Our journey to overcapacity

As crazy as it might seem today, one-hundred years ago there was a real lacking of sophisticated business lawyers. With the rise of corporate entities, it was necessary to create collective forms of law practice. But how do you bring lawyers together without feeling like you're herding cats? Enter “the Cravath system,” whose innovations made training scalable while ensuring that the most remunerative place to ply those in-demand skills was as a partner at the Cravath firm.

For a long time, the partnership model was undeniably the best model for practicing law. If a more profitable way to cultivate and sell legal expertise had come along in the past hundred years then we would have a counter-example to the partnership model. But we don’t. During a period of sophisticated lawyer scarcity it probably would have been a poor business decision to do anything that wasn’t aimed at growing the number of sophisticated lawyers. Yet, as brilliant as it was, the sound logic of the using a partnership model becomes complicated as lawyer scarcity diminishes.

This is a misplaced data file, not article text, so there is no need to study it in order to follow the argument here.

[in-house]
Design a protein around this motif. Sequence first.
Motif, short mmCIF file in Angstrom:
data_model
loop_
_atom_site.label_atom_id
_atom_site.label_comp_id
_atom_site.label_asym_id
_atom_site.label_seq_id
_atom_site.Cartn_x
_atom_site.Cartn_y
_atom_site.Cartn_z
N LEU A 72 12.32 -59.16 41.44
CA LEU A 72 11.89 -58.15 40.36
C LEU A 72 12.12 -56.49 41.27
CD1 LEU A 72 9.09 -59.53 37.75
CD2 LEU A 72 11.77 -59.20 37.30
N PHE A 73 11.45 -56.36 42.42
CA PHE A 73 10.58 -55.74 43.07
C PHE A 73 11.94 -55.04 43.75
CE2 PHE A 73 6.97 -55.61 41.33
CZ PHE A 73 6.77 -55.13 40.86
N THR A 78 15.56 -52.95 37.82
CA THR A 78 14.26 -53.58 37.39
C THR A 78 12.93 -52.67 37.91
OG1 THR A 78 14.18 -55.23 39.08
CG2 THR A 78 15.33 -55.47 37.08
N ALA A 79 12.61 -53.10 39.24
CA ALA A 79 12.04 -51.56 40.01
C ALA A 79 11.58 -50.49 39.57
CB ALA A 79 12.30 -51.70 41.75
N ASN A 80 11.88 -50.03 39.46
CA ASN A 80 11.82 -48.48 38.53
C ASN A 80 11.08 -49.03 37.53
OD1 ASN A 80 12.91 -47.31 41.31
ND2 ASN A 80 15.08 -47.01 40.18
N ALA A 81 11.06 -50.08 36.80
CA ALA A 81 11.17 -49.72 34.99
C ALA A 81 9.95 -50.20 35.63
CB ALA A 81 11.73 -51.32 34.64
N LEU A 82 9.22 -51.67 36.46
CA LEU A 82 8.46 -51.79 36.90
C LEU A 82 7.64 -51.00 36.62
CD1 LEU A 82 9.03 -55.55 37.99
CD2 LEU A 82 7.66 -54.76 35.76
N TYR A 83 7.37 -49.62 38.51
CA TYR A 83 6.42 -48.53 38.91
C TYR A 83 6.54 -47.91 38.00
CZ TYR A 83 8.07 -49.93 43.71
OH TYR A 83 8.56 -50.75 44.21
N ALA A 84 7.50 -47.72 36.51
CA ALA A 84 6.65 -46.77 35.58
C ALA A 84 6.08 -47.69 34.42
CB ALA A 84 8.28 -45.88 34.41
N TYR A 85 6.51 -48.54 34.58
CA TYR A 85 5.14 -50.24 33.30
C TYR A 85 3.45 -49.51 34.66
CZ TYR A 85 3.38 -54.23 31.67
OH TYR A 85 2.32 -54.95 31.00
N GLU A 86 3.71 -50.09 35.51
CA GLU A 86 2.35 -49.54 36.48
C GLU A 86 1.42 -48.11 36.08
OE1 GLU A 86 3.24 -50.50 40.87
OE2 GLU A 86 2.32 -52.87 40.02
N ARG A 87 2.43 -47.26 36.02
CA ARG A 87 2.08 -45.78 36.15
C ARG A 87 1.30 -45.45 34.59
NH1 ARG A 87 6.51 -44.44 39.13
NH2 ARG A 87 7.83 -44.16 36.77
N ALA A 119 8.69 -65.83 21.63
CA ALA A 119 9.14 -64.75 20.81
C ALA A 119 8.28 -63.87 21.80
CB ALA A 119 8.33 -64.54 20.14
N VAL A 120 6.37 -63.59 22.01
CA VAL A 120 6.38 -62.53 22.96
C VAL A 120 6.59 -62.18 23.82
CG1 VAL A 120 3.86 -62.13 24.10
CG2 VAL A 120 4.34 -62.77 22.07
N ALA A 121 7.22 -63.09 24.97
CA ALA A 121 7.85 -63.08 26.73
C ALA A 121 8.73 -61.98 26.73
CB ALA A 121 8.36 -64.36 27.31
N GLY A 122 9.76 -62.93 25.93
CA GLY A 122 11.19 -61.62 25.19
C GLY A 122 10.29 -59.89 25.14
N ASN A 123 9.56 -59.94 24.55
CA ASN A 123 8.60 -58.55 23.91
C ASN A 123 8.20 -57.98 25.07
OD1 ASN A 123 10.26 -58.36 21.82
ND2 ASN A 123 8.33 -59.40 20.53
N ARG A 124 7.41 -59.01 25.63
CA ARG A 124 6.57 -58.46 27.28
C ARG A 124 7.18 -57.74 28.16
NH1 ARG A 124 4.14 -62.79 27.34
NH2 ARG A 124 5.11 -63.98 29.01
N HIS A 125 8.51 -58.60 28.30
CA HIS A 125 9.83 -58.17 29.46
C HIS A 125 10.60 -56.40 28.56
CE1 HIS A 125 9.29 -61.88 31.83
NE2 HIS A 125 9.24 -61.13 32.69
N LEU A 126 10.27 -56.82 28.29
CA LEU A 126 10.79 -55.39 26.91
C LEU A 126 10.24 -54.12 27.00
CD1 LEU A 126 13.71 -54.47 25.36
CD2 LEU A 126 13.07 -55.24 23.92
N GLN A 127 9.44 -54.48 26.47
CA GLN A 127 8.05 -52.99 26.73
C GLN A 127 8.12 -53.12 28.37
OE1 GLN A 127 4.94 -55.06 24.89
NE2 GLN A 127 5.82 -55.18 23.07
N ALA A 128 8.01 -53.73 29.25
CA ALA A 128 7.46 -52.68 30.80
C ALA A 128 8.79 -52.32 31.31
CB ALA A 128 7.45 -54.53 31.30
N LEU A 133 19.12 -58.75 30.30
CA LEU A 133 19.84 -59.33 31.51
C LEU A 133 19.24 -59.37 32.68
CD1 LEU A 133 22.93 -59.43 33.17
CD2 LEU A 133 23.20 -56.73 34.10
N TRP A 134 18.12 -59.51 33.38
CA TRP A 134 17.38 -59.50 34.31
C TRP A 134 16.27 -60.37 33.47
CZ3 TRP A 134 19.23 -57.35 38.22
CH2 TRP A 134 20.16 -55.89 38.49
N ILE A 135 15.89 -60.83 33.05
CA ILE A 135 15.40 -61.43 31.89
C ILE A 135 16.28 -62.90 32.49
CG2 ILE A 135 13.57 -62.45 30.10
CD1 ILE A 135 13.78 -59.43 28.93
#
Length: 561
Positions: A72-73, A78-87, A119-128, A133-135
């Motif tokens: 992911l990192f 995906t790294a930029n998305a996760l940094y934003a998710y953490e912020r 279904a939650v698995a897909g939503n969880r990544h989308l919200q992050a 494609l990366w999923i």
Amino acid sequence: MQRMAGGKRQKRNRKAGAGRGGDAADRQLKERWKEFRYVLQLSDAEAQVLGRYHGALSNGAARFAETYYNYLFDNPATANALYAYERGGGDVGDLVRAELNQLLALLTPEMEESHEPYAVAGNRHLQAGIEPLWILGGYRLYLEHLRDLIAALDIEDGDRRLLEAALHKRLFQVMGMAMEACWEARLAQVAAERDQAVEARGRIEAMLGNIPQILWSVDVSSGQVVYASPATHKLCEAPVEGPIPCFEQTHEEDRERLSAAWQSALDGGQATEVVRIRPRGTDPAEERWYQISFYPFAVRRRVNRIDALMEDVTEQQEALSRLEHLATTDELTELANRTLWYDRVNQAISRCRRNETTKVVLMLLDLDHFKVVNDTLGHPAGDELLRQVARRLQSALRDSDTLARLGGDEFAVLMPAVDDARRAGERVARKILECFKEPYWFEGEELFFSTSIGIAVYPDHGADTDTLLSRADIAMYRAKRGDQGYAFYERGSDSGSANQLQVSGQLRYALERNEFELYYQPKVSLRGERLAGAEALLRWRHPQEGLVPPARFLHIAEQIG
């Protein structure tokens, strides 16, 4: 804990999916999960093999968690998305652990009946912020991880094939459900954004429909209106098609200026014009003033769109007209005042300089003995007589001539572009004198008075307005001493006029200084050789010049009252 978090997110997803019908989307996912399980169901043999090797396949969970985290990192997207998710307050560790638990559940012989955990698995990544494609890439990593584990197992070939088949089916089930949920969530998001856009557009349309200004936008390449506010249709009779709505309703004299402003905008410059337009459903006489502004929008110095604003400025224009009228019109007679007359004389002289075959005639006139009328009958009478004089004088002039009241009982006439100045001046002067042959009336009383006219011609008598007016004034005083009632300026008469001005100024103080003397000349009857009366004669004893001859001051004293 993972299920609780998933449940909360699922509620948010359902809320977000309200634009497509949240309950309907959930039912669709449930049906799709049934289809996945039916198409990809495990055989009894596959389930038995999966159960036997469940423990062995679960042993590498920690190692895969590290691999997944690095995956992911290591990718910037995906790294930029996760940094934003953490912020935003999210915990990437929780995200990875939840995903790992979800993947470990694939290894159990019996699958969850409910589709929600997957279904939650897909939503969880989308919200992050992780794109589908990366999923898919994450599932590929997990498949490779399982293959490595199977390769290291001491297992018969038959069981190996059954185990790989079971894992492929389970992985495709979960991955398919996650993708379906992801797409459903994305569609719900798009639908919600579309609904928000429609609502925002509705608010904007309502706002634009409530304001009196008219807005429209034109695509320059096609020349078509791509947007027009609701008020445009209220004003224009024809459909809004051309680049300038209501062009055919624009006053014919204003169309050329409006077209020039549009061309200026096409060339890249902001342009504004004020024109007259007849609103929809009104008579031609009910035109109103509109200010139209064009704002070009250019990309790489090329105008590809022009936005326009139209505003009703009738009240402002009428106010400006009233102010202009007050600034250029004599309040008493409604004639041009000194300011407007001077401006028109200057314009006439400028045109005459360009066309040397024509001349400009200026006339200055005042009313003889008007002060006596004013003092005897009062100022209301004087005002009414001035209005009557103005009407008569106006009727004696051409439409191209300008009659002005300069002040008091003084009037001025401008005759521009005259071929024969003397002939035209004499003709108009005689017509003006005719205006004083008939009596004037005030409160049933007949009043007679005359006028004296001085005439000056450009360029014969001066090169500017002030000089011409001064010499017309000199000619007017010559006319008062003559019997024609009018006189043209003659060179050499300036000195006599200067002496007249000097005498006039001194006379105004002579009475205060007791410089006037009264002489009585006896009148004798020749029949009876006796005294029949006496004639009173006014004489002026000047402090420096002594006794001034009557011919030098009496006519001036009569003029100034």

As one might expect, law schools continued to grow to fill the demand for more lawyers. For a while, more universities began creating their own (profitable) law schools:

If 54 new law schools isn't impressive, the rise in law graduates during this period is truly remarkable.

The US went from roughly 27,000 law grads in 1974 to roughly 47,000 in 2010. That 20,000 increase is enough to accommodate every new law school having a cohort of 200 grads and for the initial 147 schools to each grow their cohorts by 62 grads. That is a lot of new lawyers! Even if the percentage of those law grads who become (or intend to become) sophisticated business lawyers doesn’t change, the number of such lawyers entering the market each year is still increasing.